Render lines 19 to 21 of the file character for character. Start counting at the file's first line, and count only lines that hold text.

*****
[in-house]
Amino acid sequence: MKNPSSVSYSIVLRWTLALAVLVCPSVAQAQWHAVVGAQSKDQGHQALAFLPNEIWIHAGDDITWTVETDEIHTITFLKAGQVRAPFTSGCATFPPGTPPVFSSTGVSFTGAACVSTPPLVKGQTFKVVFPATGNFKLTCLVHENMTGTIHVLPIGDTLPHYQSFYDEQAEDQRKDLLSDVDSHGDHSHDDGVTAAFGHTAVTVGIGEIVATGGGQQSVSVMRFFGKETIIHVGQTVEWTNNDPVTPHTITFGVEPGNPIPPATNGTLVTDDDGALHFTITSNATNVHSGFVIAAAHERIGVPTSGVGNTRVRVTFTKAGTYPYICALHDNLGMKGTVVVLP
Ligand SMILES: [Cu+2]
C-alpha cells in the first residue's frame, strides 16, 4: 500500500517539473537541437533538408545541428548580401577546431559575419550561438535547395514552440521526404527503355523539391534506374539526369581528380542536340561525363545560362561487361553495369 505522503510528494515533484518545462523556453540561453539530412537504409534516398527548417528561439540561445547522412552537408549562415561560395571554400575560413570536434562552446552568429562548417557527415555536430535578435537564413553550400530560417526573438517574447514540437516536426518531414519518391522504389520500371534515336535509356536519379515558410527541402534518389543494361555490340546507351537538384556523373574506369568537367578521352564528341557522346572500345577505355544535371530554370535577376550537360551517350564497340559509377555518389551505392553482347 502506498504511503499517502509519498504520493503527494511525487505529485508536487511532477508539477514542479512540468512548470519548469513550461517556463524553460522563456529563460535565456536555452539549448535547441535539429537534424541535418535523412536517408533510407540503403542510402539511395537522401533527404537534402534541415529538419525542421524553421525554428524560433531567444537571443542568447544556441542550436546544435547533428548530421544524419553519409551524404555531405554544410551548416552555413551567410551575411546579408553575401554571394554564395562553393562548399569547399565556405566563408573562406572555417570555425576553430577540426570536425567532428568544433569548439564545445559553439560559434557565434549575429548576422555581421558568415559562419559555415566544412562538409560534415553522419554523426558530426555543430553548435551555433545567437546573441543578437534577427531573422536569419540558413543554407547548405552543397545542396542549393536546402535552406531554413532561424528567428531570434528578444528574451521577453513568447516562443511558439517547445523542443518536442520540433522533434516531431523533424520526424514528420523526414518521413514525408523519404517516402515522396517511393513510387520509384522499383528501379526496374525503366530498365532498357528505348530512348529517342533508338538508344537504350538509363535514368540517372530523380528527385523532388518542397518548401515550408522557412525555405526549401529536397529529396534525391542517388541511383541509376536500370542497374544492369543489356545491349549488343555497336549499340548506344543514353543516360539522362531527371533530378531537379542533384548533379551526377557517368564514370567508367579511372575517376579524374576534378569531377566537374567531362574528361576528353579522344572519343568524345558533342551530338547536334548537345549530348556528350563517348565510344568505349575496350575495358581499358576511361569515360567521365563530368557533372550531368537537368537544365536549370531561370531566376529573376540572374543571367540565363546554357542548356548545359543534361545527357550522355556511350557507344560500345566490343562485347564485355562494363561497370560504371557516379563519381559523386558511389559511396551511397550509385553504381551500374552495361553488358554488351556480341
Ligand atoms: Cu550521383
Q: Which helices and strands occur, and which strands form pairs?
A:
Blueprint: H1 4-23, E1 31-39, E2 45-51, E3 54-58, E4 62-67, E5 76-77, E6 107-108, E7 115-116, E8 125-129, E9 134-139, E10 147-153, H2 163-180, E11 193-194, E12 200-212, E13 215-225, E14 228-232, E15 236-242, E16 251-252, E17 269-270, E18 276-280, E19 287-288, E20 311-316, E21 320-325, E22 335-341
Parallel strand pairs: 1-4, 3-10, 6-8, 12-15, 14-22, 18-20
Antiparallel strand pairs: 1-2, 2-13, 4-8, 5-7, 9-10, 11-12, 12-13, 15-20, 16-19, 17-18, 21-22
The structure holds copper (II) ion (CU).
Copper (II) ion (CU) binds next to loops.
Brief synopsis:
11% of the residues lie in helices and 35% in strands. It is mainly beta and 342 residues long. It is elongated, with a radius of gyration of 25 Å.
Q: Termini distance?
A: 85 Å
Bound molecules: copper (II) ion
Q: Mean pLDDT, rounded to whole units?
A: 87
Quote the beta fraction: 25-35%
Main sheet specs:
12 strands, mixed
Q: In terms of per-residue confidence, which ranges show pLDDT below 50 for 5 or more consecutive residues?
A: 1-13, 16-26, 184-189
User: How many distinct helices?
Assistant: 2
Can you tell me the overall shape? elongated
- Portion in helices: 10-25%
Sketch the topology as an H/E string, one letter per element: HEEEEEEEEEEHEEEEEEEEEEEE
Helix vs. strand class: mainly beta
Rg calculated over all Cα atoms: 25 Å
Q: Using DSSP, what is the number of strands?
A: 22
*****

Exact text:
A: 87
Quote the beta fraction: 25-35%
Main sheet specs: